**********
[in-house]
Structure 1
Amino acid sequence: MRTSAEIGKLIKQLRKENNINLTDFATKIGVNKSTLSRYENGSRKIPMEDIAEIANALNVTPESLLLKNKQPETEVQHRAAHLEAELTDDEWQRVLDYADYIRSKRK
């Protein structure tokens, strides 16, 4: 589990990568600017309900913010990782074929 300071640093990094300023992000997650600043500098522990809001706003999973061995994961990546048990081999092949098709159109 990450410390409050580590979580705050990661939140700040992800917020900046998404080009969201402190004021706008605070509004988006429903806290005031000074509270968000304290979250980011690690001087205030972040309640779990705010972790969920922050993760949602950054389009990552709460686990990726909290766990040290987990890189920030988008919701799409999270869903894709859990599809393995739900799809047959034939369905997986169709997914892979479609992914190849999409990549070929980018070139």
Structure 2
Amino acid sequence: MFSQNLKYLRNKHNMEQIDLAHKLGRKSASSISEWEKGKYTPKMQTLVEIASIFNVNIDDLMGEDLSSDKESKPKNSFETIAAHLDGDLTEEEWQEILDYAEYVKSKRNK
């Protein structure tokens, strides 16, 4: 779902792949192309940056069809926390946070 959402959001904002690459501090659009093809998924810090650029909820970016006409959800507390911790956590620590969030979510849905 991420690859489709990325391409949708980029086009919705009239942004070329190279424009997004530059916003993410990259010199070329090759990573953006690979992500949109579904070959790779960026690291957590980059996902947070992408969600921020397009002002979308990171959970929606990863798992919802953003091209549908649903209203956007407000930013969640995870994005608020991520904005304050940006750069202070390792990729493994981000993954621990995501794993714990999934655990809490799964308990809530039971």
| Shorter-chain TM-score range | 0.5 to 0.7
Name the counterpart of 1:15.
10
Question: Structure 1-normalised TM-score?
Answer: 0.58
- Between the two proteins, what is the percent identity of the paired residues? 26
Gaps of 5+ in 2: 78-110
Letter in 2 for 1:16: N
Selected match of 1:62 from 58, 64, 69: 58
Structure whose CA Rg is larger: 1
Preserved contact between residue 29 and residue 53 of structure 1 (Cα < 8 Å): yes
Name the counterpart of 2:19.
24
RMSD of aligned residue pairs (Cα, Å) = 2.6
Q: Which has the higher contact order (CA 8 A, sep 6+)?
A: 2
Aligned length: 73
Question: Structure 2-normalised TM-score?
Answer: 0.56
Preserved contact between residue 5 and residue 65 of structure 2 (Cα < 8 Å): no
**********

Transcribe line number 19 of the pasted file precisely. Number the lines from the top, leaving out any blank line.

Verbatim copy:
Name the counterpart of 2:19.